Exercise benefits both general health and brain function in rodents and humans. However, it is less clear whether physical activity prevents or ameliorates neurodegenerative diseases. The aim of the present study was to determine whether voluntary wheel running can delay the onset or reduce the severity of Huntington’s disease (HD) in a mouse model. To investigate whether running may delay HD symptoms lifespan, disease onset, locomotor activity, glucose levels, weight, striatal volume, inclusions, cognition and hippocampal neurogenesis were studied in male N171-82Q transgenic HD mice. Running started in pre-symptomatic (44±1 days old) male HD mice, did not improve function and appeared to accelerate disease onset. In particular, HD runners had an earlier onset of disease symptoms (shaking, hunched back and poor grooming), reduced striatal volume and impaired motor behavior, including a shorter latency to fall from the rotarod compared to sedentary controls. Furthermore, weight loss, reduced lifespan, hyperglycemia, Morris water maze learning deficits, diminished hippocampal neurogenesis, deficits in immature neuronal morphology, intranuclear inclusions and decreased dentate gyrus volume were refractory to physical activity. Taken together our research indicates that exercise is not beneficial, and may be detrimental to a vulnerable nervous system.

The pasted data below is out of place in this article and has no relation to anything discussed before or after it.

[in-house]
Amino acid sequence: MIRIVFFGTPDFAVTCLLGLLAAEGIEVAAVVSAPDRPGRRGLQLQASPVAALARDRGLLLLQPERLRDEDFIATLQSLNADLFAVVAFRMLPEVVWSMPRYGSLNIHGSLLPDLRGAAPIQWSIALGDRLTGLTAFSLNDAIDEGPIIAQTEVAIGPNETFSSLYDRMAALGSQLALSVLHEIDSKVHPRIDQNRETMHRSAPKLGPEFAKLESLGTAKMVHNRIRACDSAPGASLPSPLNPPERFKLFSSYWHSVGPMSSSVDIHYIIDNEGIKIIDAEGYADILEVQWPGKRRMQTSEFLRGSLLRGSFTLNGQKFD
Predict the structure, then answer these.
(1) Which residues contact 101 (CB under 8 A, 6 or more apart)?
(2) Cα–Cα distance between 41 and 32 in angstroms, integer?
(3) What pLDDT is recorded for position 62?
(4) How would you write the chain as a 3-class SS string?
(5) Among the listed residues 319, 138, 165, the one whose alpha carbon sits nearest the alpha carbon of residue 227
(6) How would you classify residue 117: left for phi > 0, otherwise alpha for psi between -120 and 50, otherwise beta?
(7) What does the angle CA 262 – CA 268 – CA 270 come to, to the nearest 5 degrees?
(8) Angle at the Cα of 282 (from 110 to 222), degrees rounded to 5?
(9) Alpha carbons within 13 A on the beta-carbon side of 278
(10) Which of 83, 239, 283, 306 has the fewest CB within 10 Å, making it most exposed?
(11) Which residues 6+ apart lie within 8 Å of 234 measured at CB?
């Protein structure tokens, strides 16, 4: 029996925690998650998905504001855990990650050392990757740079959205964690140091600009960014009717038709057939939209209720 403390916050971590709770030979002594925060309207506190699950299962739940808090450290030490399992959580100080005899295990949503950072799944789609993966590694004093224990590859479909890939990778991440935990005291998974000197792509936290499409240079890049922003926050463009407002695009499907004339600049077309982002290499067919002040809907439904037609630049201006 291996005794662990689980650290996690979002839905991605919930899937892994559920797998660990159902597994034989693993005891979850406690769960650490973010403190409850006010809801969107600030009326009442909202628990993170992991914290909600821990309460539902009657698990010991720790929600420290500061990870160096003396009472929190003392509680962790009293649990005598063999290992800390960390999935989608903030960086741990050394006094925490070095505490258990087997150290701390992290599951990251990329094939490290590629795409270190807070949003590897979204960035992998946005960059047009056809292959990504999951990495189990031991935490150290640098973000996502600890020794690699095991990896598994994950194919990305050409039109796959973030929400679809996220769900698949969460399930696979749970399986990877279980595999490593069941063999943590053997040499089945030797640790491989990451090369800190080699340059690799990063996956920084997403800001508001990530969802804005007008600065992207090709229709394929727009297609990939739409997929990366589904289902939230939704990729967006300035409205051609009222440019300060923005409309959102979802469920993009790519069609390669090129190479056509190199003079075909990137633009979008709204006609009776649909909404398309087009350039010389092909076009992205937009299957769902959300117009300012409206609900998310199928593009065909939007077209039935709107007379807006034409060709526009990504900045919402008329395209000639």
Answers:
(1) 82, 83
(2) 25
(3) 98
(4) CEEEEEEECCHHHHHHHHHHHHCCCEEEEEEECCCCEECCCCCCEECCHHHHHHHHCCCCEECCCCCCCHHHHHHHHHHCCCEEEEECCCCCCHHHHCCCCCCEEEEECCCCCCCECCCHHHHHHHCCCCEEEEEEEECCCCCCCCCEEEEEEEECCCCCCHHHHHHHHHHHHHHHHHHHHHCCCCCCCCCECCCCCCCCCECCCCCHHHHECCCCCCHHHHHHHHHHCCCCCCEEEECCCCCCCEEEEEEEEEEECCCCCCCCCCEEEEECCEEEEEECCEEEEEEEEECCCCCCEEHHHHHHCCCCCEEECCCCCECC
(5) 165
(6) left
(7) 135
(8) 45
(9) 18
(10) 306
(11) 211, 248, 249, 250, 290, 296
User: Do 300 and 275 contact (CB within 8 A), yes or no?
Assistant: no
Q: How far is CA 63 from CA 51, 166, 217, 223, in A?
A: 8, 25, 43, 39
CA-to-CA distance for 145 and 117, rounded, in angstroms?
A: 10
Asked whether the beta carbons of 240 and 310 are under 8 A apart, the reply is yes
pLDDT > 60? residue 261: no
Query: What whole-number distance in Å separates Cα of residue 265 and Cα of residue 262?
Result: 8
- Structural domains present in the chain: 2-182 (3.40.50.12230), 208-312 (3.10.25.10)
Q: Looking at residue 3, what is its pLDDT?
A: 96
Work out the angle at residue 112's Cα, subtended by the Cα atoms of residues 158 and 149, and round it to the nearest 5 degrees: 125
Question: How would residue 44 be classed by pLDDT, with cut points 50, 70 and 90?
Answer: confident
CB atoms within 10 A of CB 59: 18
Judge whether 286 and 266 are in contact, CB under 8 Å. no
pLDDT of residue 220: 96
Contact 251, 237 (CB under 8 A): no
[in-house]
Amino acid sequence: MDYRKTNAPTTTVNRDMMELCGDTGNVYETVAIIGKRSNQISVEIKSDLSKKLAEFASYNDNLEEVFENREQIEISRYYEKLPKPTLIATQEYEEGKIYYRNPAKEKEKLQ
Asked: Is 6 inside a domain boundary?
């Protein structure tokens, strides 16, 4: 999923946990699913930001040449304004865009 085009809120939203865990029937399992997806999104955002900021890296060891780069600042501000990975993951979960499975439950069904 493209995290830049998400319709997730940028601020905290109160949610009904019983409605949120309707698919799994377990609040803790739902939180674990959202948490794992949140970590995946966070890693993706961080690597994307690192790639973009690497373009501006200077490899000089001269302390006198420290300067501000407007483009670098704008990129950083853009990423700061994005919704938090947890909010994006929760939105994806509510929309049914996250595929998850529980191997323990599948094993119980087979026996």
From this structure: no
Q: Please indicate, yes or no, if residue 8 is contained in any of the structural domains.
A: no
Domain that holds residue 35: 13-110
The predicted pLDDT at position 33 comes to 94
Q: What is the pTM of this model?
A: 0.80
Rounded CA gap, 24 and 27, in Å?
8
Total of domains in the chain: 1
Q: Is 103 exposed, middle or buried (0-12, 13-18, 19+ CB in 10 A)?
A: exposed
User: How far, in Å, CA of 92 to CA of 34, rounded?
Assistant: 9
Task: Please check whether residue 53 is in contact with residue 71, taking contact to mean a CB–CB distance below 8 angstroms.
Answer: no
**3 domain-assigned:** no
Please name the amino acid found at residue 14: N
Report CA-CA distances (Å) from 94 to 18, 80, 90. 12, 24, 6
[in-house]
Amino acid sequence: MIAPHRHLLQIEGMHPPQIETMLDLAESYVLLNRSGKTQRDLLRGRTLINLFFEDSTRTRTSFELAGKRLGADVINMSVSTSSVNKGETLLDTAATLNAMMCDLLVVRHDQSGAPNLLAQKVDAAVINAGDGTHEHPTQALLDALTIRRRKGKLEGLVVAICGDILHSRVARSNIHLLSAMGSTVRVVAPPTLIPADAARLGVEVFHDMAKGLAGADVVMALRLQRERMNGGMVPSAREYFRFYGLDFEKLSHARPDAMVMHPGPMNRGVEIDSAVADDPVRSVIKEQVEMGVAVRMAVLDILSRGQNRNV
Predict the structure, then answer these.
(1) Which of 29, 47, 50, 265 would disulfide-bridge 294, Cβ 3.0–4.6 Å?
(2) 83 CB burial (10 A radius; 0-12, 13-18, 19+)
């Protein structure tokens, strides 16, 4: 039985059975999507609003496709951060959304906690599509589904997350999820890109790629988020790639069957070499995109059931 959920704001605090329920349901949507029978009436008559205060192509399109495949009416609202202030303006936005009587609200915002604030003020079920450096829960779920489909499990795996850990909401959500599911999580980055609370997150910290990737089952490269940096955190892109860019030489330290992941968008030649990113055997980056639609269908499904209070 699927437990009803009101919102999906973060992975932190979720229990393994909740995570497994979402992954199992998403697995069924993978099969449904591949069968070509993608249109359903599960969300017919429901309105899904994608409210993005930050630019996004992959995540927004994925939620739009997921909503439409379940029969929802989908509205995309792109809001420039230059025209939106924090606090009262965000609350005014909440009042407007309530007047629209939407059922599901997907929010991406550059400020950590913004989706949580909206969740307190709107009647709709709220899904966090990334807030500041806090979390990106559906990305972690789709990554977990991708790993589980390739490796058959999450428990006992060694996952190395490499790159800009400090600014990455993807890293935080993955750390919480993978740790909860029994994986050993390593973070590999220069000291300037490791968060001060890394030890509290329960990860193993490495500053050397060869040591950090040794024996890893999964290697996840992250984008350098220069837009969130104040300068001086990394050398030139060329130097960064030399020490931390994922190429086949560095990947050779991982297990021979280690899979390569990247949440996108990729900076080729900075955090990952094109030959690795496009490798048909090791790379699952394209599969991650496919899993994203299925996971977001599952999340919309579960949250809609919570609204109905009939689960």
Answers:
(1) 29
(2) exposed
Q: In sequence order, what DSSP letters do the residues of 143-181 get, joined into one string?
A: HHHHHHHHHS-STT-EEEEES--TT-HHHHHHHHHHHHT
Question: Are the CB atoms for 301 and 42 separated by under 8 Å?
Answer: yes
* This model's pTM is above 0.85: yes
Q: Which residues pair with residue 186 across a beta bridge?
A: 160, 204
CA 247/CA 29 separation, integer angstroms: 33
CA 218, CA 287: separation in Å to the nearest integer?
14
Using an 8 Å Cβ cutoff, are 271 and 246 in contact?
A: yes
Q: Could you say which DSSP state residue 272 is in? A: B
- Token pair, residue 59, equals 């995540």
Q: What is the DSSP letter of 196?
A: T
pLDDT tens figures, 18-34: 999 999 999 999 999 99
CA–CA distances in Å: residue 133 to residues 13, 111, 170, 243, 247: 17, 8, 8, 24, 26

Funding StatementThis research was supported by the Intramural Research Program at the National Institute on Aging.
Exercise benefits general health and brain function  . In rodents, running increases hippocampal neurogenesis, spine density, vascularization, neurotrophin levels, learning and long-term potentiation    . However, it remains unclear whether exercise delays or prevents neurodegenerative diseases and HD in particular. Initial research showed that environmental enrichment delays symptom onset in R6/1 transgenic mice  . An important component of enrichment is physical activity  . Indeed, in R6/1 mice, running normalized rearing behavior and delayed the onset of deficits in rear-paw clasping, motor coordination and spatial working memory. However, rotarod performance, ubiquitinated protein aggregates and hippocampal BDNF protein levels were unchanged by exercise   . In addition, running conferred some positive changes to electrophysiological properties of medium-sized spiny neurons in the striatum of R6/2 mice  . Thus, it is unclear whether running enhances motor and cognitive function in HD mouse models.